I adore Twitter. The idea of a micro-blogging service holds tremendous appeal to me, and millions of other people. But the only people that will see something I tweet and care about are my followers. Sometimes, I just want to throw something out there and figure out where it lands.
Enter Airendipity, a new iPhone app that lets you do just that.
Totally Private Social Networking
Airendipity is simple: tap the airplane and type your thoughts. Then tap the Send button, and just swipe towards the top of the screen — and voila! Your airplane, with whatever thought you wanted to share, has been launched. Anybody with the app, anywhere in the world, can tap your airplane and read it. They can love it by tapping the heart, or share the email via Facebook, Twitter, email, text message, etc. You can see where your airplanes have landed and where they’ve been loved, but that’s it. You’ll never see who read them, and they’ll never know it was you who wrote it. All they’ll see is your location. It’s totally private.
That’s right. There’s no account, no sign in, no nothing. If you move to a different city or go on vacation, so too do any new airplanes you send. The location data is scrambled before it hits their servers (by up to 50 square miles), so “there is no way to figure out who you are” with the data that Airendipity ends up with. And if you see anything you deem offensive, it’s easy to report it. Airendipity is free (for now), and there are no advertisements — and the developer has promised there won’t be. (Instead, they are promising a fun and interesting way to make money further on down the road.)
Simple User Interface
Airendipity comes with a demo, but I’m not sure it needs it. The app is so easy to use that I think most people could figure it out instantly. It threw me for a moment when I expected my airplane to just fly off on its own, but after pushing it towards the top of the screen, it soared just fine.
Otherwise, everything seemed really intuitive. It’s a visually pleasing app, but there’s nothing that I felt was hidden away. The other thing that the app has going for it is that exploring everything is just fun. It’s fun to tap random buttons and see where they take you because the concept feels so fresh, which is high praise in the world of iOS. Airendipity really feels like it hasn’t been done before.
Which is why it’s also impressive that it never feels difficult to navigate. The new is normally hard to explain, hard to understand, or hard to see your way around in. And the developers behind Airendipity feel way ahead of the curve — their description of the app and their demo makes everything so simple that anybody can do it. And that’s the point — even a child could do this, without fear of privacy issues.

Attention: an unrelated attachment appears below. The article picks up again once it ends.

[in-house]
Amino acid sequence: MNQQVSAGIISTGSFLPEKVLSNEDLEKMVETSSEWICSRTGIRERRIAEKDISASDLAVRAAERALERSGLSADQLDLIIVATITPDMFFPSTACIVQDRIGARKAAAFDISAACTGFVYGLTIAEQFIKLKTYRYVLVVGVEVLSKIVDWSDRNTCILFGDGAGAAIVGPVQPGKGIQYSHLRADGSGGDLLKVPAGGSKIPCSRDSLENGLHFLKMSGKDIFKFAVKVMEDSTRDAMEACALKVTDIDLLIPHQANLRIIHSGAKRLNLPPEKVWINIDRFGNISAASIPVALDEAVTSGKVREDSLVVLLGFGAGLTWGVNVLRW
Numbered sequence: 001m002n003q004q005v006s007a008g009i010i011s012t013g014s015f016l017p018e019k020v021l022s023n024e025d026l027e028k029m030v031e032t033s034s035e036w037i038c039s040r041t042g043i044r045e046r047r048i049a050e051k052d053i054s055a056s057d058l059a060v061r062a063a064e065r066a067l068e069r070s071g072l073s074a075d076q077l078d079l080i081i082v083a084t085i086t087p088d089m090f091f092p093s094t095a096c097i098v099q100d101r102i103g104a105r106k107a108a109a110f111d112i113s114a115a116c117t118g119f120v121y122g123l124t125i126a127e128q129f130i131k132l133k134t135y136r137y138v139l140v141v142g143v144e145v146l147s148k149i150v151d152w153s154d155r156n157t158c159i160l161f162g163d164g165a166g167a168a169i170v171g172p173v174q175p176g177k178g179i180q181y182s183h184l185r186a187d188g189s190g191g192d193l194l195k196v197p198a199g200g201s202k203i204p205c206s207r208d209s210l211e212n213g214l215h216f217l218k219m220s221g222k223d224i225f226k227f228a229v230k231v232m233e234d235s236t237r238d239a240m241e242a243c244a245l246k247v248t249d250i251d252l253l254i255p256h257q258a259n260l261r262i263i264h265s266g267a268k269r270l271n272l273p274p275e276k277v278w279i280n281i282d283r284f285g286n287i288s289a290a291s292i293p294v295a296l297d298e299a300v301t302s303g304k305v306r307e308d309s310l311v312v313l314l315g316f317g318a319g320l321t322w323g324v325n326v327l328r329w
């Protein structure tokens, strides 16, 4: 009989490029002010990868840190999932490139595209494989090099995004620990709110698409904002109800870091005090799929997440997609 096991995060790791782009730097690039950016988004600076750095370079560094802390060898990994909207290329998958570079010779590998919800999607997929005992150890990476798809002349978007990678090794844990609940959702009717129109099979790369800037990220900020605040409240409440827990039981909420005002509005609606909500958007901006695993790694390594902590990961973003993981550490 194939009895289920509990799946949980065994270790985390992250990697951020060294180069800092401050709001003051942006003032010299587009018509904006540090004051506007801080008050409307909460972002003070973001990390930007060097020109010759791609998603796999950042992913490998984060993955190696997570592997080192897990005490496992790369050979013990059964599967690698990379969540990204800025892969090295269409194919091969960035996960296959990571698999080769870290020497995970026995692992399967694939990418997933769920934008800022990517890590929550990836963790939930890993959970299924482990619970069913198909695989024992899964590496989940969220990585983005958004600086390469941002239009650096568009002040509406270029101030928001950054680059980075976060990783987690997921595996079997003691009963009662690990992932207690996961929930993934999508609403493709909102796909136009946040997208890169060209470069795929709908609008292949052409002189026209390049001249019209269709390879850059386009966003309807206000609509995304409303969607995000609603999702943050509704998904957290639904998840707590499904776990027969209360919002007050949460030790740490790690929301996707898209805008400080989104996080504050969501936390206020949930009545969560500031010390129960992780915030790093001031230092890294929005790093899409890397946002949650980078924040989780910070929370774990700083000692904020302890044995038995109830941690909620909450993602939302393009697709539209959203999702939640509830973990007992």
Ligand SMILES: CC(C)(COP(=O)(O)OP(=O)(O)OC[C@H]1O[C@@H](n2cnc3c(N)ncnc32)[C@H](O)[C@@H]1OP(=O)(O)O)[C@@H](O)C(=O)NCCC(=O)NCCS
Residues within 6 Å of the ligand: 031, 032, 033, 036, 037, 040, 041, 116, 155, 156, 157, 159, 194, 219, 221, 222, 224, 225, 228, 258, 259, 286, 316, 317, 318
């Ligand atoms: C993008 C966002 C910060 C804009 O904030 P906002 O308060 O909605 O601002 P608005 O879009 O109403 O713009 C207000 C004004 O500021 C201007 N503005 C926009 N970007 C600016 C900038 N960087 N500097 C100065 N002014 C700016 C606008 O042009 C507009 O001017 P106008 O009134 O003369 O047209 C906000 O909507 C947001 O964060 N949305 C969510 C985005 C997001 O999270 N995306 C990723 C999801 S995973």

I love that when you Heart an app, it is instantaneously added onto your list of favourites so that you never lose access to it. There are some cool ones I might want to show off to friends if I were demonstrating the app, or even read again to add some extra sunshine to my day (I like positive airplanes). And checking out the visual flight path of an airplane on a map is really fast and very cool. All of this stuff happens instantly because, unlike most popular social networking apps, Airendipity was designed and made just for the iPhone. It’s iOS-exclusive and it’s fast and responsive. It also looks great on an iPhone 5.
Where Is This Going?
After sending a few planes, I started to ask myself a couple of questions. Not just about where the planes were going or anything like that. Actually, seeing where my planes had landed and who had loved them was really cool. But I did start to wonder about the long-term viability of the app. How long can it last before interest wanes?
So I started paying attention to the numbers. I got the app the first or second day it was available and sent an airplane immediately; I couldn’t resist the concept. Every now and again, I’ve sent an airplane every day since. There has been exponential growth in the amount of places my plan lands, which indicates to me an exponential growth in users. Of course, without official word from the developer, these assumptions are presumptuous, but they’re based on reality. People appear to be really into this quirky idea.
Airendipity is a 1.0 app (at the time of writing), so it goes without saying that there are going to be some bugs. I’ve encountered two mildly irritating bugs, neither of which are too serious.
The first is that notifications are rarely, if ever sent. The first time that an airplane of mine landed somewhere, I received a notification on my lock screen in the middle of the night that was there when I woke up in the morning. After that, I never got one again. It’s not a huge deal, because I don’t necessarily need 45 notifications or more for every airplane. But if somebody comments on a plane of mine, I’d like to get a notification.
The other issue is that Airendipity naturally looks up your GPS location. (You can deny this information and be listed as sending an airplane from Somewhere, Somewhere, but that’s the only way to get around it.) When I close Airendipity and return to the iPhone’s springboard, my GPS stays on permanently. Force-closing the app solves the problem and takes only a second, but it’s a minor annoyance regardless.
You might be wondering if you need to get into another “social network.” Don’t think of Airendipity that way. Think of it like it’s a way to share your most private thoughts without ever losing privacy, or just a way to say something on the Internet without screaming it to all your friends on Twitter or Facebook. I think the concept is really cool, and I hope you guys will join me on the app and help it really take off — pun intended.
Airendipity is a hard-to-resist concept that's completely fresh and extremely well done.8